Writing a local column has turned out to be a great way to meet some very interesting people. Take today, for example. I just got off the phone with a man named Douglas Brooks, who has devoted his life to the craft and history of small wooden boatbuilding.
You'll have a chance to meet Douglas Brooks and learn about the rich history of Lake Champlain ferries (including our own ferry at Barber's Point) on Sunday, April 3, at 3 p.m., when he and Westport resident Jim Bullard will give a multi-media presentation at the Westport Heritage House entitled "Forgotten Ferries of Lake Champlain." The talk, which features lots of photos and maps, is brought to you by the Westport Historical Society. I've heard we can expect similar collaborations between the society and the Heritage House in the future.
Doug and Jim (who used to own and operate the ferry at Ti) have already given this presentation in Ti and Lake Placid, and both times the turnout was heavy. In fact, they're already getting inquiries from people who've heard about their upcoming appearance here and are interested in having them come and repeat the performance elsewhere. One thing that makes it especially interesting is that when they give their talk there are generally people in the audience with a personal connection to the ferries and people who appear in the photos. I'm looking forward to hearing what our own local experts have to contribute.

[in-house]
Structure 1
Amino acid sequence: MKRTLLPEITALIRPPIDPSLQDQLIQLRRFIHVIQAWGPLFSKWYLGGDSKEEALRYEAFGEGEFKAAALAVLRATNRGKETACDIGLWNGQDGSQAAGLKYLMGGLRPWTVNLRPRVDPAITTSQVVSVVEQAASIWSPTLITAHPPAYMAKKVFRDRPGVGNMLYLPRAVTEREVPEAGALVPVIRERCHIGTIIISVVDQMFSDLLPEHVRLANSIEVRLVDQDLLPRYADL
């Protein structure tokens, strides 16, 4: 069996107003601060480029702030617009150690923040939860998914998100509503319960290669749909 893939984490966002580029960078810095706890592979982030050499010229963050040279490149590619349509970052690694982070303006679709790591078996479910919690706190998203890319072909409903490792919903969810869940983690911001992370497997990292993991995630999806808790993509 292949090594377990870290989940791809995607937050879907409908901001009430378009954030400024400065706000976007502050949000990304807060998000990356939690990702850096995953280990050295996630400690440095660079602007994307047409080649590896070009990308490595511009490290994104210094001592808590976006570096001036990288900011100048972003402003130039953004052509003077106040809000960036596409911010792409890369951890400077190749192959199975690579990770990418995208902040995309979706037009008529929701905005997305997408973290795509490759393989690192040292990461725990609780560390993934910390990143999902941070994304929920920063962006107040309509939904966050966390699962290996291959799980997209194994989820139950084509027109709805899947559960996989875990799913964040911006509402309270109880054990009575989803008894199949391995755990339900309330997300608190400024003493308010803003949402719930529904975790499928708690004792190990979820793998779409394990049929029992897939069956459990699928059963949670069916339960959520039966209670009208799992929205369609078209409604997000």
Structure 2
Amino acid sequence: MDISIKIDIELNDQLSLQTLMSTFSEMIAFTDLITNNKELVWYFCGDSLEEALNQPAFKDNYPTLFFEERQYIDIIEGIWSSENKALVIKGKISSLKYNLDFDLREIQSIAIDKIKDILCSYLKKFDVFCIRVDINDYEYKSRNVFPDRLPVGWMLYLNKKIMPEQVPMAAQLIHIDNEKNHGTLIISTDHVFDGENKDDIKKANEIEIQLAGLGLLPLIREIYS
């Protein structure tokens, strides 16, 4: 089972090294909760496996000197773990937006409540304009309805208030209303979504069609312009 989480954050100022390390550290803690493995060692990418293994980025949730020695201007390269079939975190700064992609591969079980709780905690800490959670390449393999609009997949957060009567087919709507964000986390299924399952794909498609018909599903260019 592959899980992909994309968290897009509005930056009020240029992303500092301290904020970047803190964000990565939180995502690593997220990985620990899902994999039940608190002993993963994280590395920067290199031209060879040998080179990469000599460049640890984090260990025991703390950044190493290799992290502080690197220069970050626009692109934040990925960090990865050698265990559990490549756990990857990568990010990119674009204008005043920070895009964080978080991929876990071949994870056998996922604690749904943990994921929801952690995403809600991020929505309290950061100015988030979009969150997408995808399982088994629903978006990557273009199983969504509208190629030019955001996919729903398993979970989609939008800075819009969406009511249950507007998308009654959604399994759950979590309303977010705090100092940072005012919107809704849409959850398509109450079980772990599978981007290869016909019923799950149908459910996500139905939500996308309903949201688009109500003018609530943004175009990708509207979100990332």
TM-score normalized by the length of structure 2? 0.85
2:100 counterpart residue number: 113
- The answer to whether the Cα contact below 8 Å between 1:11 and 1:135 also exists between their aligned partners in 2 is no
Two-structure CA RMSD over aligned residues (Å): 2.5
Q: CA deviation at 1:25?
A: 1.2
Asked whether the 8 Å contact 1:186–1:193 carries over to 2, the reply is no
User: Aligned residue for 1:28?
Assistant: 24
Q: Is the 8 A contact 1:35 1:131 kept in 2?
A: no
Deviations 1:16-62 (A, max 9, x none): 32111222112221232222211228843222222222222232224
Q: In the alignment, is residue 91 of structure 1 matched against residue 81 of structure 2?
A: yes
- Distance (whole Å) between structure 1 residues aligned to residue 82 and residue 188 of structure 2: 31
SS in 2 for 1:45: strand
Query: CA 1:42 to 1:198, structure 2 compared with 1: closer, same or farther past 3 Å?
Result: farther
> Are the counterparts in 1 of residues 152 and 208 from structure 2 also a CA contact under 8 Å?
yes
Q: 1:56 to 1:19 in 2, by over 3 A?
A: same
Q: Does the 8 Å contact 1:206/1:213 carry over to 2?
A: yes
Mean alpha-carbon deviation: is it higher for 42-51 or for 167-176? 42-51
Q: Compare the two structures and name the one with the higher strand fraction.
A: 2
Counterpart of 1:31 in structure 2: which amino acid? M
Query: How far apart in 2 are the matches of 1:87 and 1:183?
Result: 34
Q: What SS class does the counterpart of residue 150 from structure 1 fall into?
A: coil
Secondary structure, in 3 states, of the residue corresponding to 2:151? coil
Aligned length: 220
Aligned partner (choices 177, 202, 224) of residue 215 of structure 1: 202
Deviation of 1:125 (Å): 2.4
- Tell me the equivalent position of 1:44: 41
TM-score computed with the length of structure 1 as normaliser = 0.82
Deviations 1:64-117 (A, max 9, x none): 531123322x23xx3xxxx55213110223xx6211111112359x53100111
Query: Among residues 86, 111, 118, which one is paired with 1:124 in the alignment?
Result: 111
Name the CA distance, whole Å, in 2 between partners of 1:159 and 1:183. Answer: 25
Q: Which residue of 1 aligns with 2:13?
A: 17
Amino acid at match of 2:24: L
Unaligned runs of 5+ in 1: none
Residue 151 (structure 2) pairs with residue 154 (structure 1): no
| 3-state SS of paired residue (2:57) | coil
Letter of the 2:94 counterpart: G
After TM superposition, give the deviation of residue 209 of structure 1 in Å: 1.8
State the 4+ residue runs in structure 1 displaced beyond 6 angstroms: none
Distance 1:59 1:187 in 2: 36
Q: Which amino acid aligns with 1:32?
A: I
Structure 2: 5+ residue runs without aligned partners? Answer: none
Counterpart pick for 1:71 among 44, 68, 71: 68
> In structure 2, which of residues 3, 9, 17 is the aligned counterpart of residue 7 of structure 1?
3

I also met a very smart man named Richard Aberle recently, who teaches English at SUNY Plattsburgh. He will be giving a lecture entitled "What's Love Got to Do With It? The Love of Rhetoric and the Rhetoric of Love" at the Wadhams Free Library on Wednesday, March 30, at 7:30 p.m. Richard did his doctoral work at Berkeley and McGill and is working on a book about modernist rhetoric and the poetry of Robert Frost and Wallace Stevens.
Both of these fascinating presentations are free. I'm thinking, maybe we should combine them a double feature. We could call it The Love Boat. Sorry, folks.